New documents reveal a legislative attack on a trust fund intended to pay for corrections officer training and equipment, which intensified already aggravated under-funding of the Department of Corrections.
The situation has now led to dangerous failures in felon supervision, reports Noah Pransky of WTSP News.
In 2004, lawmakers closed the trust fund, although the State of Florida continued collecting millions of dollars from probationers over the last 10 years. As the money went to the general revenue fund, the DOC budget continued to shrink.
Availability of working vehicles have diminished, and caseloads have reached “dangerous” levels.
DOC Secretary Julie Jones told WTSP she would authorize new equipment this year and fill any officer vacancies. However, notoriously low salaries have made recruiting and retention of probation officers lag behind other law-enforcement agencies.
The DOC is in charge of supervising felony probationers in the community, many of them high-risk offenders. Each offender pays a fee of $2 every month.
“These funds shall be used by the department to pay for correctional probation officers’ training and equipment, including radios, and firearms training, firearms, and attendant equipment necessary,” according to Florida Statutes.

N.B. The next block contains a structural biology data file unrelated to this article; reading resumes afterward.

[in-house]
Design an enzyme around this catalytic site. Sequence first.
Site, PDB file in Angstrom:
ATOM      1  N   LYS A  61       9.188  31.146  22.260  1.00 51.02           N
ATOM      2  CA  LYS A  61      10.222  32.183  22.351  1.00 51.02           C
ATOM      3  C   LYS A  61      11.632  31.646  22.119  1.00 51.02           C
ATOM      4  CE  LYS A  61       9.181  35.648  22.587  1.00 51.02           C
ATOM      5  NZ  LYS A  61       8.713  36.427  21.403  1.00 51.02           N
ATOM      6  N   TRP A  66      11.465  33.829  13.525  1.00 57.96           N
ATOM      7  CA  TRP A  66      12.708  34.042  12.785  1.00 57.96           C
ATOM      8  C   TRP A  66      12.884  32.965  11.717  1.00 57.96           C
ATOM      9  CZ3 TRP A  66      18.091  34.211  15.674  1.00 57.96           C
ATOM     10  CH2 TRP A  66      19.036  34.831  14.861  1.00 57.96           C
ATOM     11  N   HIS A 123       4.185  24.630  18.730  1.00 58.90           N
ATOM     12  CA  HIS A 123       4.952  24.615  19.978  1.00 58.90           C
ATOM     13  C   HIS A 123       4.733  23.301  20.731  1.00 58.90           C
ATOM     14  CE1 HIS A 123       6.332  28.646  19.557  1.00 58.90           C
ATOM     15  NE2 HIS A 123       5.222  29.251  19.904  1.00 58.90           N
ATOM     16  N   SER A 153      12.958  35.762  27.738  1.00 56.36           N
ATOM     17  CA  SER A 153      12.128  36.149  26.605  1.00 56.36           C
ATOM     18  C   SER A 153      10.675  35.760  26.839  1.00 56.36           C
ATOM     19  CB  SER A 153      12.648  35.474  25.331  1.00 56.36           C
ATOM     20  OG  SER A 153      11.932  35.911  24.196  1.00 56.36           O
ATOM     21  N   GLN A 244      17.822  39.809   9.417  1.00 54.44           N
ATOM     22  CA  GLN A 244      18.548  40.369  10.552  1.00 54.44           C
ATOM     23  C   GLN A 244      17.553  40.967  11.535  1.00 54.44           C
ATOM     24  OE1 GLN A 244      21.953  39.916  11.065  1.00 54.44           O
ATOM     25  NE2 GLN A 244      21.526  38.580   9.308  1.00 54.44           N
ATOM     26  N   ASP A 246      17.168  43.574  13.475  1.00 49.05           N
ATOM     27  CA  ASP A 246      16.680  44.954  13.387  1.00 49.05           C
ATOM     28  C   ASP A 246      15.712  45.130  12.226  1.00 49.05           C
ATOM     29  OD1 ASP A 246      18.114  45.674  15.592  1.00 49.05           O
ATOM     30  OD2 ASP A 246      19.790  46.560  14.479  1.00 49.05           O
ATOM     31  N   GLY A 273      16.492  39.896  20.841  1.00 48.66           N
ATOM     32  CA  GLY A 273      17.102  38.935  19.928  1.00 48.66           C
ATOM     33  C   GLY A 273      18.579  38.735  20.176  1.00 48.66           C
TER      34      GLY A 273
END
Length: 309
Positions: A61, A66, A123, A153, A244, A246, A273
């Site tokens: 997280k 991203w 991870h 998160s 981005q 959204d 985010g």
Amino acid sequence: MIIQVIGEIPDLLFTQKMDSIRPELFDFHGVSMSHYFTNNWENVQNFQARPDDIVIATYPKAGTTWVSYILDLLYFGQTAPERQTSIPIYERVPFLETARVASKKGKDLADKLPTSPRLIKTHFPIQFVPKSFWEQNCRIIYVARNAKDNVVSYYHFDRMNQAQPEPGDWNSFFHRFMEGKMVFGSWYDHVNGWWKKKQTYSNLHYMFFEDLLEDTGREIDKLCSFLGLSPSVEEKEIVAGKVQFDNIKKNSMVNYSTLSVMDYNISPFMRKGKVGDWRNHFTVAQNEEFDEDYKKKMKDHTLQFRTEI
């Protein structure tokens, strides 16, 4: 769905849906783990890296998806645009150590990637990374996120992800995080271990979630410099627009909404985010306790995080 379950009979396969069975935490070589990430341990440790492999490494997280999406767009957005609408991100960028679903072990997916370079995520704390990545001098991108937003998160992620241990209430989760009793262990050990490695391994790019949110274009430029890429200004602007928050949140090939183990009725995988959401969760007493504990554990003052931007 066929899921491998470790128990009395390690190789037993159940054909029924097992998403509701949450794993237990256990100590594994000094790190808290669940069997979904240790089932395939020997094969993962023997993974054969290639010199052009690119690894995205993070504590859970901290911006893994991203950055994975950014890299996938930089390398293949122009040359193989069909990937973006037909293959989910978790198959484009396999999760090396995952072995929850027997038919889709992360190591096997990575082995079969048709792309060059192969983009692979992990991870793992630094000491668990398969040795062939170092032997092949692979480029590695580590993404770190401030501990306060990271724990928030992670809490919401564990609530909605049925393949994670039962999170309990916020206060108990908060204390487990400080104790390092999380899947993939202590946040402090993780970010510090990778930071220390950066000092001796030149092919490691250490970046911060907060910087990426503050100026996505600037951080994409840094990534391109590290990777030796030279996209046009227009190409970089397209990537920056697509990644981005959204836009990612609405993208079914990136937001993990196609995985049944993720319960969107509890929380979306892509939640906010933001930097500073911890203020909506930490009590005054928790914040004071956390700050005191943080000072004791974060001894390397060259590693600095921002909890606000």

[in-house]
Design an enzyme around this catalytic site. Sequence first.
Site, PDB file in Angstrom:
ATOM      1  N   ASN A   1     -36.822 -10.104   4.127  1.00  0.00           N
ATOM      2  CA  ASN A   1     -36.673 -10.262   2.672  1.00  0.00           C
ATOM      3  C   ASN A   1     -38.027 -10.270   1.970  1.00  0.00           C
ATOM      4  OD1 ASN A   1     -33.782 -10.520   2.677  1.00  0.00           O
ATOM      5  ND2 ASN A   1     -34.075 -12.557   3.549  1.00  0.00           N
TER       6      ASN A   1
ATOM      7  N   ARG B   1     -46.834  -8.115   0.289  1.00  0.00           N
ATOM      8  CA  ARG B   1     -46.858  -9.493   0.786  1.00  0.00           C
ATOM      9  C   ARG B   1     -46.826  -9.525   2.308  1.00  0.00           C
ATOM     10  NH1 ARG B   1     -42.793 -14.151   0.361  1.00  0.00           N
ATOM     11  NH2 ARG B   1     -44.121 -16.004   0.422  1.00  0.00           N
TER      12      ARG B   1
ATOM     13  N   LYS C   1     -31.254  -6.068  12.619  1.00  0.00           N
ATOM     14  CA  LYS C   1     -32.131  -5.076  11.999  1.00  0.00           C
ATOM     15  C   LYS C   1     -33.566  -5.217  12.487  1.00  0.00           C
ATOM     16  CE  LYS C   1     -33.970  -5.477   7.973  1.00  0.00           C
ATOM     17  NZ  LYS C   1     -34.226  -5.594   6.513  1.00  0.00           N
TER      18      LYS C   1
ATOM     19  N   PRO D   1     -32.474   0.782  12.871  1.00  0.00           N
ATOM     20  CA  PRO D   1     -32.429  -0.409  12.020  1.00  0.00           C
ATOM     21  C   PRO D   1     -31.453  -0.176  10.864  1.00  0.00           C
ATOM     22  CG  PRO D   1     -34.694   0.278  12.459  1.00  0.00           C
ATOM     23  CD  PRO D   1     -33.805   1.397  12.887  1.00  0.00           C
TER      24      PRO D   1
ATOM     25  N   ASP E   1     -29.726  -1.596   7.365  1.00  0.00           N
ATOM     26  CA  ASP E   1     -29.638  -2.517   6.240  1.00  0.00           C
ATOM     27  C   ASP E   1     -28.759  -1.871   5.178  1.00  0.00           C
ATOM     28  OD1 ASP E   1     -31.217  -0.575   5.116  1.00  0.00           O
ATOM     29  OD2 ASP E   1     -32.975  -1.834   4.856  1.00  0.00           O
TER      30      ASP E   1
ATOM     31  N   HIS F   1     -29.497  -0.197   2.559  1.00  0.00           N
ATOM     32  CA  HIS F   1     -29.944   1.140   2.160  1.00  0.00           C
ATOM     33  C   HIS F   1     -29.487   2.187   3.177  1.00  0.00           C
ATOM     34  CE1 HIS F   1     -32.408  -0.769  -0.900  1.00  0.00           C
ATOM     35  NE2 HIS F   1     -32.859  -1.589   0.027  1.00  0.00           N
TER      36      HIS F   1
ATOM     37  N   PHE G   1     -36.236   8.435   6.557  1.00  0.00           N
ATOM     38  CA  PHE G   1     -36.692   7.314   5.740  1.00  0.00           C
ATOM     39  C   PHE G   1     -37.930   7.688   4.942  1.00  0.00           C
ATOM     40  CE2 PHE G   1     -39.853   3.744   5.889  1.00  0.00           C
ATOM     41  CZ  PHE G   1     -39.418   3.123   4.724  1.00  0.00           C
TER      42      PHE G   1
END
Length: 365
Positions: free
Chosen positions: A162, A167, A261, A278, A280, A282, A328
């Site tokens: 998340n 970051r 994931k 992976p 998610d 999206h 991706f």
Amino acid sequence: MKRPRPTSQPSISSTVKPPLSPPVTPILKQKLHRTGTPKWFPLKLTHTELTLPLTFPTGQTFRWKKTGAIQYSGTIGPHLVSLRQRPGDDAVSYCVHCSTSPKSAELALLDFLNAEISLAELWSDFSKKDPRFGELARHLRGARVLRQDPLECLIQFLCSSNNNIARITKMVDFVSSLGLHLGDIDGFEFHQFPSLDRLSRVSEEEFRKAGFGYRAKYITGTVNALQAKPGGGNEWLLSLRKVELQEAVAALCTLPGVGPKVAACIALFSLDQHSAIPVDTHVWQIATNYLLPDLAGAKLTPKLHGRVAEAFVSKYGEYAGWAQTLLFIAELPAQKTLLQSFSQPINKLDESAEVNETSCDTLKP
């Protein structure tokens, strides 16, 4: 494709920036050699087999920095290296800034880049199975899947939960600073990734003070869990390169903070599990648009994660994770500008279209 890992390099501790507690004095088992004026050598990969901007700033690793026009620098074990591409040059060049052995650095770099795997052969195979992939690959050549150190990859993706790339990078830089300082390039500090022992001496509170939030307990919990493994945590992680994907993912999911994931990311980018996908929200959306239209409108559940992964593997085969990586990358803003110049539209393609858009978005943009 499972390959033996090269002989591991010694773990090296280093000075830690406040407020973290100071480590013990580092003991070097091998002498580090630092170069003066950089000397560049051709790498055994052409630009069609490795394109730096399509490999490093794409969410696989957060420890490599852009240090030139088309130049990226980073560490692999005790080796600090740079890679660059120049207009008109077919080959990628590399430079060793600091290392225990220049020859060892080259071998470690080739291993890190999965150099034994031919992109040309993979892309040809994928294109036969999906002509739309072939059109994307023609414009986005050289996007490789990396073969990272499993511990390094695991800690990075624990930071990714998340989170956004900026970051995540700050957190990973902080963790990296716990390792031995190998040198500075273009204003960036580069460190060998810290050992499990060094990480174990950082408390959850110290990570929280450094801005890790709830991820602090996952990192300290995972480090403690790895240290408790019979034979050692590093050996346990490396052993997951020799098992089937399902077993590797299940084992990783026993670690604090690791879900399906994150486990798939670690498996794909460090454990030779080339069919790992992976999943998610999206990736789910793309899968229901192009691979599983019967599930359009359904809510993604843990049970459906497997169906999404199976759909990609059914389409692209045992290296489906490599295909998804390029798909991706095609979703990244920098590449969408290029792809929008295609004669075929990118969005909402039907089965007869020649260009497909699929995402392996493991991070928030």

As money continues to pour into the general revenue fund, the state’s probation officers never had proper radios or communication devices. In addition, if they decide to carry a firearm, it must come out of their own funds.
Collections averaged $548,000 over the five fiscal years, according to DOC estimates, which is about the same amount spent on training and supplies, even though expenditures often fall short of revenues
Sponsoring the 2004 law to eliminate the dedicated training and equipment trust fund was Joe Negron, who was a Republican representative from Stuart at the time. Negron is now a powerful state senator.
HB 1881 “closed out” the collections, sweeping the funds into general revenue.
Since the funds never closed out, Pransky notes, probationers able to pay the $2 per month charge continue to pay millions of dollars into the state’s general revenue fund, available for expenditures or any projects lawmakers choose.
In the interim, years of underfunding caused serious problems in the agency’s felony probation and parole supervision: one state vehicle shared by up to 20 probationers, with many of the vehicles with more than 200,000 miles. Officers are dissuaded from unscheduled home visits to former felons, as a way to save on costs. The DOC ended all home visits to felons at one time.
Pransky notes on repeat felon Marco Parilla, who is charged with murdering Tarpon Springs Police officer Charles Kondek with an illegal gun, was visited at home only once by a probation officer in the previous six months.